Monsters’ Resort

Monsters, Inc

Any brush with what is hollow in this world leaves me sullen. And sullen I was all the while I was made to endure a stay at the Disney Coronado Springs “Resort” in Orlando, where I traveled this past week for a three-day meeting. The minute my plane touched down, I could feel my mood shift to dark. By the time I arrived at the hotel, after having endured a 40-minute sales video aboard the Disney Magical Express, I was nearly catatonic.

So were the people who worked at the resort, giving lie to the claim that it is “the happiest place on earth.”  The woman who checked me in, for instance, could barely look at me or get up from her chair; the same was true of the woman who checked me out. And, the first morning I was there, I passed a small, sad person sitting alone at an even smaller, sadder desk. On my way out in the late afternoon, I passed by her again. She was still sitting in the same position, alone, though I need to believe that she had moved at some point during her day.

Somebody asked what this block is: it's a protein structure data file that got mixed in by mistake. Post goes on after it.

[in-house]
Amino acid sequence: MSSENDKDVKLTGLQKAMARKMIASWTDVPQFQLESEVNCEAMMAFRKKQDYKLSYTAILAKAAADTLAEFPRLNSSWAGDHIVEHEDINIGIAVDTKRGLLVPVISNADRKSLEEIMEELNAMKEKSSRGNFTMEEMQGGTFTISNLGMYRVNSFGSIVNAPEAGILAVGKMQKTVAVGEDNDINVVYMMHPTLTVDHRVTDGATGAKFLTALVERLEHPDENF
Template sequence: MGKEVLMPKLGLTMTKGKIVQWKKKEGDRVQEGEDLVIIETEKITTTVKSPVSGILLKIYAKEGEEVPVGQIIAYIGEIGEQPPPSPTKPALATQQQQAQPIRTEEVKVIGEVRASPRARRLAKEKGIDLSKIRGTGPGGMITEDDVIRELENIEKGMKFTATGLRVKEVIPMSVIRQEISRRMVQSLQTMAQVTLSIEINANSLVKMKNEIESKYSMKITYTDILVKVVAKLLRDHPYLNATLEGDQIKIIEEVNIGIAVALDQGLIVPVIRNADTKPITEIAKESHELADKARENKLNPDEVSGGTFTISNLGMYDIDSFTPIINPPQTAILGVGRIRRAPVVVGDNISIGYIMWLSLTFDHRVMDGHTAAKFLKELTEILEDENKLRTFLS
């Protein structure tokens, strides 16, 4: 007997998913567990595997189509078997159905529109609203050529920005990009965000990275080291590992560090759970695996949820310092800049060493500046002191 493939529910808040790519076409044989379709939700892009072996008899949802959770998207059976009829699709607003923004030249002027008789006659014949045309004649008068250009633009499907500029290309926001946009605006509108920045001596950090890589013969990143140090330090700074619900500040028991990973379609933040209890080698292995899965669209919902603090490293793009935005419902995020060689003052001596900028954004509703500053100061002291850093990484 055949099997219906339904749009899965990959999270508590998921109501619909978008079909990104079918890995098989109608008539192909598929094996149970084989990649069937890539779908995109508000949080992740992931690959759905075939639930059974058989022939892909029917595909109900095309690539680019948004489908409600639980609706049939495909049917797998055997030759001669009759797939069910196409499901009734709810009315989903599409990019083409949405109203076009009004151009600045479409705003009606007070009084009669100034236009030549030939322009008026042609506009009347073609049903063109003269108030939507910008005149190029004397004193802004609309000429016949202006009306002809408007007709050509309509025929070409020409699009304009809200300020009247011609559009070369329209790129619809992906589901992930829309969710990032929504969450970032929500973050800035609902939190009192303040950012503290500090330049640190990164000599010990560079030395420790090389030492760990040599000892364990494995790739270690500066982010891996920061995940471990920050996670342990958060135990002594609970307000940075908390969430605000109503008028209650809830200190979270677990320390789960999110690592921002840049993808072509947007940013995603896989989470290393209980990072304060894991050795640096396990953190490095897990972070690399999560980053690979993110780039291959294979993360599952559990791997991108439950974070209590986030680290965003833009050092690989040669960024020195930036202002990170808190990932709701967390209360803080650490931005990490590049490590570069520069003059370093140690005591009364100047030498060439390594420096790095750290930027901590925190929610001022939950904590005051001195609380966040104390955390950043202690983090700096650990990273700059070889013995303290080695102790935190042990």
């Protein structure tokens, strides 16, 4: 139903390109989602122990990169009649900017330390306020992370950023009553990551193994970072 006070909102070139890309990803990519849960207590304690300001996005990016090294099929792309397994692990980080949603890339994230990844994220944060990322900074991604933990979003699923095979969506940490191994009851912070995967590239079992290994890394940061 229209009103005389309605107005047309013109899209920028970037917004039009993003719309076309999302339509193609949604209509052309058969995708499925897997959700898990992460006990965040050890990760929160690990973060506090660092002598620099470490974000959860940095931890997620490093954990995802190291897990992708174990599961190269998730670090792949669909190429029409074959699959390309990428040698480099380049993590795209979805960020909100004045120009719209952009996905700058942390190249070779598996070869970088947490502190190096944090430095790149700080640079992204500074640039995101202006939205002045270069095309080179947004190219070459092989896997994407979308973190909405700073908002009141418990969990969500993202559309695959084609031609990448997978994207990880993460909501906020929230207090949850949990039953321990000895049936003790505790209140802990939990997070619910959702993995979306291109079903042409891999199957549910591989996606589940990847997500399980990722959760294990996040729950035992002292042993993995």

“You’re still here!?” I said and asked.

“Oh, yes,” she sighed.

Also there was the solitary gardener, who stood watering the same spot for what seemed like a very long time; the brigade of apron-wearing maids forced to walk beneath the upstretched arms of two cheery supervisors, who touched fingertips while the women ducked under their steeple; and the sour taxi driver who didn’t say goodbye to us, despite a generous tip, and whose antipathy you could eat.

Really, the whole place was creepy, though the scary prize would have to go to my room, wherein could be heard eerie sounds emanating from somewhere within the walls — clanking, pinging, sucking noises interrupted only by the sound of something with tentacles regurgitating in an underwater tank.

More than once while I was there I thought of how my father would check under my bed for monsters and wished he had been alive to take a quick peek.

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